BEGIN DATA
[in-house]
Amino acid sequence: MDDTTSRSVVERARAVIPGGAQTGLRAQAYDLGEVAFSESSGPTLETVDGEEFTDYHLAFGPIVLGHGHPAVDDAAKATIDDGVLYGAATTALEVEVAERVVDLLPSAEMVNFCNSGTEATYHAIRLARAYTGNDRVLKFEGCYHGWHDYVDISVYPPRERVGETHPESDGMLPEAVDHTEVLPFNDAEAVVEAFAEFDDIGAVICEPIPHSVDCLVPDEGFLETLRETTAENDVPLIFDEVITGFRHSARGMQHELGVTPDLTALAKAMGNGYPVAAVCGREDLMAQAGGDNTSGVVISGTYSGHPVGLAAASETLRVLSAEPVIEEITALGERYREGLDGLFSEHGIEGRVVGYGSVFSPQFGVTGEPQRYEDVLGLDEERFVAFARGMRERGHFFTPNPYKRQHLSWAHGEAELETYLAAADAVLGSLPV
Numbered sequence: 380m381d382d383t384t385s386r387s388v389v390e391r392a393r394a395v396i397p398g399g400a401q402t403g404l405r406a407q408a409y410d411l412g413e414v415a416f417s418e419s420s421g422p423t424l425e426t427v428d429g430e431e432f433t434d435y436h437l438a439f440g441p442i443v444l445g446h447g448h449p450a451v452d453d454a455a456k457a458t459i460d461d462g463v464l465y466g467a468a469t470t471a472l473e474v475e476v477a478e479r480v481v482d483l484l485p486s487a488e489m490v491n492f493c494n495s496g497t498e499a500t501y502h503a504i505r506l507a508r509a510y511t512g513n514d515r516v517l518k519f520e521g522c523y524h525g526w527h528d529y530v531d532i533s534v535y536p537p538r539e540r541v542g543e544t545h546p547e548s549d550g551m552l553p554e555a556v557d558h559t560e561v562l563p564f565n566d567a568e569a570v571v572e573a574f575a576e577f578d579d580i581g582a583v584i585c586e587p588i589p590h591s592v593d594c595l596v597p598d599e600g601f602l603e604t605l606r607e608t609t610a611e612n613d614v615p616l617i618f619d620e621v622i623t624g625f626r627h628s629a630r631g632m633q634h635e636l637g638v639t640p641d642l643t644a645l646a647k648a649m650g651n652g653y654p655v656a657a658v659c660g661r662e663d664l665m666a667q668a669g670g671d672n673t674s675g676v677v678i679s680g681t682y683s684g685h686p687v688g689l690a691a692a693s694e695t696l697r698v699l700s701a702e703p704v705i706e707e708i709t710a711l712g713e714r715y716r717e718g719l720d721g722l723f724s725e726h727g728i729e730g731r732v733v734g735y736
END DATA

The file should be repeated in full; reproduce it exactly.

[in-house]
Amino acid sequence: MDDTTSRSVVERARAVIPGGAQTGLRAQAYDLGEVAFSESSGPTLETVDGEEFTDYHLAFGPIVLGHGHPAVDDAAKATIDDGVLYGAATTALEVEVAERVVDLLPSAEMVNFCNSGTEATYHAIRLARAYTGNDRVLKFEGCYHGWHDYVDISVYPPRERVGETHPESDGMLPEAVDHTEVLPFNDAEAVVEAFAEFDDIGAVICEPIPHSVDCLVPDEGFLETLRETTAENDVPLIFDEVITGFRHSARGMQHELGVTPDLTALAKAMGNGYPVAAVCGREDLMAQAGGDNTSGVVISGTYSGHPVGLAAASETLRVLSAEPVIEEITALGERYREGLDGLFSEHGIEGRVVGYGSVFSPQFGVTGEPQRYEDVLGLDEERFVAFARGMRERGHFFTPNPYKRQHLSWAHGEAELETYLAAADAVLGSLPV
Numbered sequence: 380m381d382d383t384t385s386r387s388v389v390e391r392a393r394a395v396i397p398g399g400a401q402t403g404l405r406a407q408a409y410d411l412g413e414v415a416f417s418e419s420s421g422p423t424l425e426t427v428d429g430e431e432f433t434d435y436h437l438a439f440g441p442i443v444l445g446h447g448h449p450a451v452d453d454a455a456k457a458t459i460d461d462g463v464l465y466g467a468a469t470t471a472l473e474v475e476v477a478e479r480v481v482d483l484l485p486s487a488e489m490v491n492f493c494n495s496g497t498e499a500t501y502h503a504i505r506l507a508r509a510y511t512g513n514d515r516v517l518k519f520e521g522c523y524h525g526w527h528d529y530v531d532i533s534v535y536p537p538r539e540r541v542g543e544t545h546p547e548s549d550g551m552l553p554e555a556v557d558h559t560e561v562l563p564f565n566d567a568e569a570v571v572e573a574f575a576e577f578d579d580i581g582a583v584i585c586e587p588i589p590h591s592v593d594c595l596v597p598d599e600g601f602l603e604t605l606r607e608t609t610a611e612n613d614v615p616l617i618f619d620e621v622i623t624g625f626r627h628s629a630r631g632m633q634h635e636l637g638v639t640p641d642l643t644a645l646a647k648a649m650g651n652g653y654p655v656a657a658v659c660g661r662e663d664l665m666a667q668a669g670g671d672n673t674s675g676v677v678i679s680g681t682y683s684g685h686p687v688g689l690a691a692a693s694e695t696l697r698v699l700s701a702e703p704v705i706e707e708i709t710a711l712g713e714r715y716r717e718g719l720d721g722l723f724s725e726h727g728i729e730g731r732v733v734g735y736